Lunchtable TV Talk – Bates Motel


At first I avoided Bates Motel – for no real reason. I had no expectations going in, and I did not realize until I started watching that the formidable Vera Farmiga is one of the main players. This makes Bates Motel automatically worth at least trying out. Then realizing that Nestor Carbonell is the town sheriff seals the deal.

While I could spread on thick layers of superlatives about Farmiga’s range and talent, I would rather write a brief love letter to Carbonell. I love how he pops up frequently and, of course, is very different in each role – as quality acting requires. Whether he is hero, villain or somewhere in between (as is the case in Bates Motel), he delivers. But what I love about him most of all is looking back on his comedic role in the gone and mostly forgotten Suddenly Susan in the 1990s. A starring vehicle for Brooke Shields (and also starring Judd Nelson and Kathy Griffin), the show was usually stolen out from under Shields and the rest of the cast by Carbonell as Luis Rivera and the late David Strickland as Todd Stities. Together, this duo stole many scenes and kept me watching even when the show was annoying (and believe me – it grew increasingly so). (Interestingly the show also humanized Shields a bit for me – and I had never really cared much for her work before.)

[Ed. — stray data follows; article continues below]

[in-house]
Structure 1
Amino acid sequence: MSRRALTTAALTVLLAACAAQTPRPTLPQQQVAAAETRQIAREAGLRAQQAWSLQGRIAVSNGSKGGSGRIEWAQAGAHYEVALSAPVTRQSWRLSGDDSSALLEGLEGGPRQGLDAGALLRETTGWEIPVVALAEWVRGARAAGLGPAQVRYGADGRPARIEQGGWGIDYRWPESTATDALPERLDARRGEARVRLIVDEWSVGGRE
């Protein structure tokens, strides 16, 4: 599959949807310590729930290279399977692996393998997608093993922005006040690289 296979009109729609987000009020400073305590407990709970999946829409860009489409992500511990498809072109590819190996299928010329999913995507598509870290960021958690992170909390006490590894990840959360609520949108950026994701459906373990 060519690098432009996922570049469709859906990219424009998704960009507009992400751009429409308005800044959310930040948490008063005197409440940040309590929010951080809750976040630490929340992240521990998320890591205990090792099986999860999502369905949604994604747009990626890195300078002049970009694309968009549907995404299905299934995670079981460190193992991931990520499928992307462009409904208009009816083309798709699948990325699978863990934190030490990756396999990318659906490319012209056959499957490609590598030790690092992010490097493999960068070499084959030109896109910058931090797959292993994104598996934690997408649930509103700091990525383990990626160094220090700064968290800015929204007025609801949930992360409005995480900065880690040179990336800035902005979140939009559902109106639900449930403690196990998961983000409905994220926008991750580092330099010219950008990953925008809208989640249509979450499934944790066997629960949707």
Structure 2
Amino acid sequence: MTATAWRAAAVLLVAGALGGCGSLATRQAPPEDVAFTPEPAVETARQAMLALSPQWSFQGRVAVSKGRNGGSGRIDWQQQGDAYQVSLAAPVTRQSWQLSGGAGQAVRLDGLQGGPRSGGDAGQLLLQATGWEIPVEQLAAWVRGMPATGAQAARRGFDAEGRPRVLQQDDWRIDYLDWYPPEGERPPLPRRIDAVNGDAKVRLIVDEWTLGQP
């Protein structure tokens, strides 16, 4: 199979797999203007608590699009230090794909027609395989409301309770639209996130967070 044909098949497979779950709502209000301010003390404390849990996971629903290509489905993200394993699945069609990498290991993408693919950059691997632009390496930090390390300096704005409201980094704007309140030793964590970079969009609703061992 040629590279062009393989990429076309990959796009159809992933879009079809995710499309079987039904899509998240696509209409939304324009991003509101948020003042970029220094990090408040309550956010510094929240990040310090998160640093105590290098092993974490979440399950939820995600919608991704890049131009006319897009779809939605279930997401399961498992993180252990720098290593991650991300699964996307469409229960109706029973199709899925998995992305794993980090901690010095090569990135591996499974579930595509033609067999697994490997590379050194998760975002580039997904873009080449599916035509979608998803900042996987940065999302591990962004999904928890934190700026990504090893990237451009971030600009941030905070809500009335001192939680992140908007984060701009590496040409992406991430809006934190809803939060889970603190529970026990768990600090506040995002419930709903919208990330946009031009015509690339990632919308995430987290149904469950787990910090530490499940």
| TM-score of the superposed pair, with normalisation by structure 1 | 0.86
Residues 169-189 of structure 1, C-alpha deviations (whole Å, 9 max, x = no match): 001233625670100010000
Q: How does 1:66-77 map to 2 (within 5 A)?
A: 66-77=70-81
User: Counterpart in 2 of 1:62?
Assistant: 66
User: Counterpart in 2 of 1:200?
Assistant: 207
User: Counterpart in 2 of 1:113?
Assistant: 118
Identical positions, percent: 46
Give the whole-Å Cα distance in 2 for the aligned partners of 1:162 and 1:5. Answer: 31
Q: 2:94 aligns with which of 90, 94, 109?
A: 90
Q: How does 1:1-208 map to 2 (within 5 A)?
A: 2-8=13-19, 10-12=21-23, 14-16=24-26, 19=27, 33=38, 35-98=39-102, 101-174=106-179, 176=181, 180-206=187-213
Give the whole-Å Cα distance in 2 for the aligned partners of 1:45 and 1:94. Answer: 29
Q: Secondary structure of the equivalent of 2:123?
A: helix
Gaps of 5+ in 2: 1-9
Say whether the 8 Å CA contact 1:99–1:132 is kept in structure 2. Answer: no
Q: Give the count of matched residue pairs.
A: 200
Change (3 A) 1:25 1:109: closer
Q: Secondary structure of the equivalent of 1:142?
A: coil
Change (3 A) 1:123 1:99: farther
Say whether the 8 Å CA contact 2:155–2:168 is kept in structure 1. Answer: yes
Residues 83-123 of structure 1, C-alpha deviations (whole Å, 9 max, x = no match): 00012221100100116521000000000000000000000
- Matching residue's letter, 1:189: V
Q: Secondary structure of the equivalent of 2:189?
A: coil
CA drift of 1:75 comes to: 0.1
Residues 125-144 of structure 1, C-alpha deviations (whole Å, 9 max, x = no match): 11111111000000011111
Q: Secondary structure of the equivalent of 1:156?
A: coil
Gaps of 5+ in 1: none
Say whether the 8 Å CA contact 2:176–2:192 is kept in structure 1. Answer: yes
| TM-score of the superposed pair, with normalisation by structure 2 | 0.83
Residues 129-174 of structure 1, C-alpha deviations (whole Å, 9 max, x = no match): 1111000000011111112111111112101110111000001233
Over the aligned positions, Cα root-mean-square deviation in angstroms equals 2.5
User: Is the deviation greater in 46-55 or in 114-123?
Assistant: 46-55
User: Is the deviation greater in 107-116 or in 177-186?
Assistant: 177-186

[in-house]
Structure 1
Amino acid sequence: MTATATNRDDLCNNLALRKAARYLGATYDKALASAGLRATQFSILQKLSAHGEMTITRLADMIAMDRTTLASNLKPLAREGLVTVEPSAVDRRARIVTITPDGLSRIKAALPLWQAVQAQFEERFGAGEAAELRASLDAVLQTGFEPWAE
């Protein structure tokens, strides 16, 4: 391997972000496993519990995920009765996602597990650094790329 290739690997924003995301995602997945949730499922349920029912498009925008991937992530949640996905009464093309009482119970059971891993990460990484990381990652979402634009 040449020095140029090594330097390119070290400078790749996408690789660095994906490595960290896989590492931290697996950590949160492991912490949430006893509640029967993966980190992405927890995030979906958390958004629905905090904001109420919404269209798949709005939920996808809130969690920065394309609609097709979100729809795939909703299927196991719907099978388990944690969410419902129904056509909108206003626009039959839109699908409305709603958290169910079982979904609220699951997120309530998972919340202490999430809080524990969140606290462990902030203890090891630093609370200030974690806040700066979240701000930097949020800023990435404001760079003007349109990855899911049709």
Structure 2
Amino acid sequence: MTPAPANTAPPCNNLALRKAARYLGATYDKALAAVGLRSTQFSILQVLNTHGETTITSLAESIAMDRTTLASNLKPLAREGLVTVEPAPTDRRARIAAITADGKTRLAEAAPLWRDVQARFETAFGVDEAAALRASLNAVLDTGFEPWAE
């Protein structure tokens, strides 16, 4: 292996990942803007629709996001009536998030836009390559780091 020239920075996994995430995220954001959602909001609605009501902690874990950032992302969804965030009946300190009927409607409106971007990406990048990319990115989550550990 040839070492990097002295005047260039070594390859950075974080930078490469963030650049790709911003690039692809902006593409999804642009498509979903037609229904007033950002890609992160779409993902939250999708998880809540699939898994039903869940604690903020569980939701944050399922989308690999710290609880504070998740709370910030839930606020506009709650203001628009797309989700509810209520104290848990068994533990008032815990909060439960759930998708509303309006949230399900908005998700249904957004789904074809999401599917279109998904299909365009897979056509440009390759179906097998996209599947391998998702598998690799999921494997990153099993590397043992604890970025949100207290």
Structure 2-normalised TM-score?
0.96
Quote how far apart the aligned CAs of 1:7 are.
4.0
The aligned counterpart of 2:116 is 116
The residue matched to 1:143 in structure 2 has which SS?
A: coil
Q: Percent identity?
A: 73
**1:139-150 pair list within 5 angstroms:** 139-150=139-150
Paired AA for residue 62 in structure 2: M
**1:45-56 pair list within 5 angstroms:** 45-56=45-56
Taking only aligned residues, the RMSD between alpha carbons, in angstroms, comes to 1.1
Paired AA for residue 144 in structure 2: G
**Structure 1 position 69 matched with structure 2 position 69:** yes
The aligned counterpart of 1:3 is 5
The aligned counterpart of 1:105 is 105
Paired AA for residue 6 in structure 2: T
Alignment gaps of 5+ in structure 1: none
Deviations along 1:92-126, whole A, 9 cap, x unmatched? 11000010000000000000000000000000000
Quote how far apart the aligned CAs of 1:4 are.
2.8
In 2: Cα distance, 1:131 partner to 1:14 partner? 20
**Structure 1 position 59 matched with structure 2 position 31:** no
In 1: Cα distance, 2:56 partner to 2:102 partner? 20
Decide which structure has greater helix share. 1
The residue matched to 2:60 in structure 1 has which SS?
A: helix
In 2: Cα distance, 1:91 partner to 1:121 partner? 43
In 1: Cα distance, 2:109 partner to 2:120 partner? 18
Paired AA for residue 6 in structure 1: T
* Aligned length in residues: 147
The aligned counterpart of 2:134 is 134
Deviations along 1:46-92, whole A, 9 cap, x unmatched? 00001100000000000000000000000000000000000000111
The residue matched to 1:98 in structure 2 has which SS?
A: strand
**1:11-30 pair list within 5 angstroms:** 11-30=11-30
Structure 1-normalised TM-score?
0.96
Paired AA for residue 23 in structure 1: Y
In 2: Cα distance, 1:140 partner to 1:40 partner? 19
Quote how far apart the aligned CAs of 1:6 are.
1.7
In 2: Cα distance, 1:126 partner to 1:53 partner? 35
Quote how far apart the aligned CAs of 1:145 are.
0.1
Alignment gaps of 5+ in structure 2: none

Sadly, Strickland committed suicide at the age of 29 in 1999 (RIP) – but Carbonell, happily, was just getting started. He has turned up everywhere – both in one-time guest roles in popular TV shows and in longer-term appearances, such as a role in one-time network ratings juggernaut, Lost.

With Farmiga and Carbonell at the helm, Bates Motel really seems to work and stand out. Even the sometimes overly dramatic tone and plot are deftly managed in these actors’ hands. Many of the other actors are all right – kind of a go-to list of every non-descript Canadian actor who turns up in every Canadian or Canadian-produced show (for example, Ian Tracey as “Remo” – I stared at him for ages before realizing he was one of the stars of the Canadian legal drama Da Vinci’s Inquest – something that was never shown any time that I lived in the US but did turn up on late-night TV in Iceland). While the actor who plays Norman Bates, Freddie Highmore, should attract more accolades, there are times that his character’s awkwardness and mental illness feels a bit too ham-handed and overacted, making me think that while the part is well-cast, there is a bit too much “putting it on” that does not feel authentic. Highmore manages to balance innocent, sheltered, overprotected son with increasingly unstable, mentally ill “psycho” quite well – he is fantastic at “creepy” – but nevertheless isn’t really the star of the show.

Without the main cast working well together, though, the show would not be nearly as addictive as it is (and it has been addictive). Once I started the first season of ten episodes two days ago, I could not stop and am already caught up (we’re nearing the end of season three).